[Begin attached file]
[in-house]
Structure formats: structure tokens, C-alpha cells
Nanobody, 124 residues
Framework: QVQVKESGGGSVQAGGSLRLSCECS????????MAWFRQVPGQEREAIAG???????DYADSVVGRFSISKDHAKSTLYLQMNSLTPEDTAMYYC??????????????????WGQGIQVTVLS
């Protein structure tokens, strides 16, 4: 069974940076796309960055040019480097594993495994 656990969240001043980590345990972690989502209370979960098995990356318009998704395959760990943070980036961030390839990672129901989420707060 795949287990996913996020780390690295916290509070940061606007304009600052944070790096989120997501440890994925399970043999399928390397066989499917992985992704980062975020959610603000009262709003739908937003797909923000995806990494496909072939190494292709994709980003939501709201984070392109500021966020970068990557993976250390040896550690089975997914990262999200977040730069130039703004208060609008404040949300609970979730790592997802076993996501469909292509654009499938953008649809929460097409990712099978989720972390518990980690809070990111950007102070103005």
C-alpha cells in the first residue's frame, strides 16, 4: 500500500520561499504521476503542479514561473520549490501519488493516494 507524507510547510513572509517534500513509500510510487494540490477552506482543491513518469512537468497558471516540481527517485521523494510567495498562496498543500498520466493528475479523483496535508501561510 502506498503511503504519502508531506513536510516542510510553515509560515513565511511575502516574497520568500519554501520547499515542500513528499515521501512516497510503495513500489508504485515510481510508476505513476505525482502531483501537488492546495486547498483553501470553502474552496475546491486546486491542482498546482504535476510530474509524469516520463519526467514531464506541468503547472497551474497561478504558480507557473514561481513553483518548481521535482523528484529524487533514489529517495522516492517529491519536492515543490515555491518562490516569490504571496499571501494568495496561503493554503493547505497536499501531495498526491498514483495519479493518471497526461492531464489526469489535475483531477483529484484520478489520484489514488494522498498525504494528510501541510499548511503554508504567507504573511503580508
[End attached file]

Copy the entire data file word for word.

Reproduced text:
[in-house]
Structure formats: structure tokens, C-alpha cells
Nanobody, 124 residues
Framework: QVQVKESGGGSVQAGGSLRLSCECS????????MAWFRQVPGQEREAIAG???????DYADSVVGRFSISKDHAKSTLYLQMNSLTPEDTAMYYC??????????????????WGQGIQVTVLS
């Protein structure tokens, strides 16, 4: 069974940076796309960055040019480097594993495994 656990969240001043980590345990972690989502209370979960098995990356318009998704395959760990943070980036961030390839990672129901989420707060 795949287990996913996020780390690295916290509070940061606007304009600052944070790096989120997501440890994925399970043999399928390397066989499917992985992704980062975020959610603000009262709003739908937003797909923000995806990494496909072939190494292709994709980003939501709201984070392109500021966020970068990557993976250390040896550690089975997914990262999200977040730069130039703004208060609008404040949300609970979730790592997802076993996501469909292509654009499938953008649809929460097409990712099978989720972390518990980690809070990111950007102070103005």
C-alpha cells in the first residue's frame, strides 16, 4: 500500500520561499504521476503542479514561473520549490501519488493516494 507524507510547510513572509517534500513509500510510487494540490477552506482543491513518469512537468497558471516540481527517485521523494510567495498562496498543500498520466493528475479523483496535508501561510 502506498503511503504519502508531506513536510516542510510553515509560515513565511511575502516574497520568500519554501520547499515542500513528499515521501512516497510503495513500489508504485515510481510508476505513476505525482502531483501537488492546495486547498483553501470553502474552496475546491486546486491542482498546482504535476510530474509524469516520463519526467514531464506541468503547472497551474497561478504558480507557473514561481513553483518548481521535482523528484529524487533514489529517495522516492517529491519536492515543490515555491518562490516569490504571496499571501494568495496561503493554503493547505497536499501531495498526491498514483495519479493518471497526461492531464489526469489535475483531477483529484484520478489520484489514488494522498498525504494528510501541510499548511503554508504567507504573511503580508